With the United States on the brink of defaulting on its national debt, global media reports, online chat rooms and social conversation alike are once again dominated by discussion about the world’s economic future. Familiar concepts, such as Gross Domestic Product (GDP), Consumer Price Index (CPI), inflation rate, trade figures and unemployment figures — all well-known and well-worn economic indicators — inevitably enter the discourse and debate.
Yet what exactly are statistical indicators? How do they develop, change behaviours and intersect with broader social change? And, in the context of the UNU’s work, how does this apply to science, technology and innovation indicators? UNU-MERIT Professorial Fellow Fred Gault explains.
Statistical indicators can change behaviour, ways of thinking and communicating. That is why understanding their development and use is important. But indicators can be both used and abused, and a better understanding of how they are developed and applied may help avoid problems.
Technologies and practices also change behaviour, as users of mobile telephones and mobile services, such as banking, know well. In this context, indicators can be seen as acting in exactly the same way; that view can help in comprehending how indicators evolve and are applied.
Underpinning this discussion is the understanding that an indicator is a technology, a product, that governs behaviour, is modified by users (outside of the producer community), and develops in response to user needs. A widely known economic example is the Gross Domestic Product (GDP) indicator, which signifies the size of the economy, its change over time and economic growth or decline. GDP can be combined with other indicators, such as population, to give GDP/Capita.
Indicators, then, are statistics, or combinations of statistics, that are populated by data. Social and economic data can come from a variety of sources, including surveys, administrative data, or registers and case studies. Indicators support monitoring, benchmarking, foresight studies and research into further development of indicators. Indicators suggest, or indicate, a characteristic of a system. But like any statistic, indicators can mislead.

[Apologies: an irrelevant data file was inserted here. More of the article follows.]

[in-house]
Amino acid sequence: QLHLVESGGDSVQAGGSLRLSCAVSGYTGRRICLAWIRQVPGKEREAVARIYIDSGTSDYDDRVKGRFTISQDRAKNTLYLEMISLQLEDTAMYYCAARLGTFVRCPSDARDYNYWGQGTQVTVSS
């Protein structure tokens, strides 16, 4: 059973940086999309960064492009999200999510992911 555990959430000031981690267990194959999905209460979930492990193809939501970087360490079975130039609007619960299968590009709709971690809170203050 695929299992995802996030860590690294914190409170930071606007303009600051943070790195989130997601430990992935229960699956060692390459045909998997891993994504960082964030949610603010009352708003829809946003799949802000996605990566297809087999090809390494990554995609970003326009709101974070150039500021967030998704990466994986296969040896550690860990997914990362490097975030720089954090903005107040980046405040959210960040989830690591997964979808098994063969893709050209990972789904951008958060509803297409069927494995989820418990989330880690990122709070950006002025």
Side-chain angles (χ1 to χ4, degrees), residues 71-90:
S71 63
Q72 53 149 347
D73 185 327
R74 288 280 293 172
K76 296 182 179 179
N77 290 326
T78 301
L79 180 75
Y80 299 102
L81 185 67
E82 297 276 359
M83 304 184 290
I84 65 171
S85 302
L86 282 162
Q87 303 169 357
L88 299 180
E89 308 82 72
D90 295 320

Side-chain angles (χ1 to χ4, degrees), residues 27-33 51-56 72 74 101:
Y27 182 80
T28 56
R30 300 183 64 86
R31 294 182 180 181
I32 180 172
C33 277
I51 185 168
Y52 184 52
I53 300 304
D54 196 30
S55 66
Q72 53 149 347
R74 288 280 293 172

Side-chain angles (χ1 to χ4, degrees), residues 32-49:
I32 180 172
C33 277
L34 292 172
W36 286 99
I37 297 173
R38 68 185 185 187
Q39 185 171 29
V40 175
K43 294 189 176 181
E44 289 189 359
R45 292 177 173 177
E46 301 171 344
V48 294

A recent UNU-MERIT working paper looks at the social impacts of the development of science, technology and innovation indicators. It shows that the way in which statistical indicators change behaviour happens at two levels: firstly, when they are being developed and, secondly, when they are used.
It takes time to develop an indicator. First, of course, there must be some interest in what is being indicated, such as the magnitude and the change of GDP, which indicates when an economy is doing well (magnitude) and when it is growing or in recession (change), as well as how it compares with other economies.
The need for comparison with other countries means that there must be agreed standards for producing the indicator so that it is internationally comparable. This requires discussion, negotiation and agreement, and is not always easy.
Part of developing an indicator requires experimentation with ways of measuring the activity to be described. In the 1980s, for example, numerous experiments were conducted into how to measure innovation. These experiments were discussed at the Organisation for Economic Co-operation and Development (OECD) Working Party of National Experts on Science and Technology Indicators (NESTI).
As the tacit knowledge of the delegates to NESTI converged through discussion, two things happened.
The first was a decision to write down that tacit knowledge, or to codify it by producing a manual to guide the development of the measurement of innovation.
The second thing that happened, linked to the first, was the evolution of a language that included a definition of innovation for statistical purposes, and a description of how that definition should be applied. This resulted in a common language and a way of using it — a grammar — that made communication easier within the Expert Group that produced the manual.
“Whether for good or ill, the use of indicators changes behaviour in society…. Developing indicators, therefore, is a serious matter.”
From the perspective of behavioural change, the experts — in moving from country-specific experiments to agreement on what could be measured and reported for international comparison — had to make concessions and build trust among members of the group. Without the willingness to compromise, and the belief that the outcome (the production of the manual) would serve the greater good, this achievement could not have been obtained. The experts developed a language, learned to use it, built a community of practice based on trust, and then codified what was known tacitly in the first of the series of Oslo Manuals (the leading international source of guidelines for collecting and interpreting innovation data).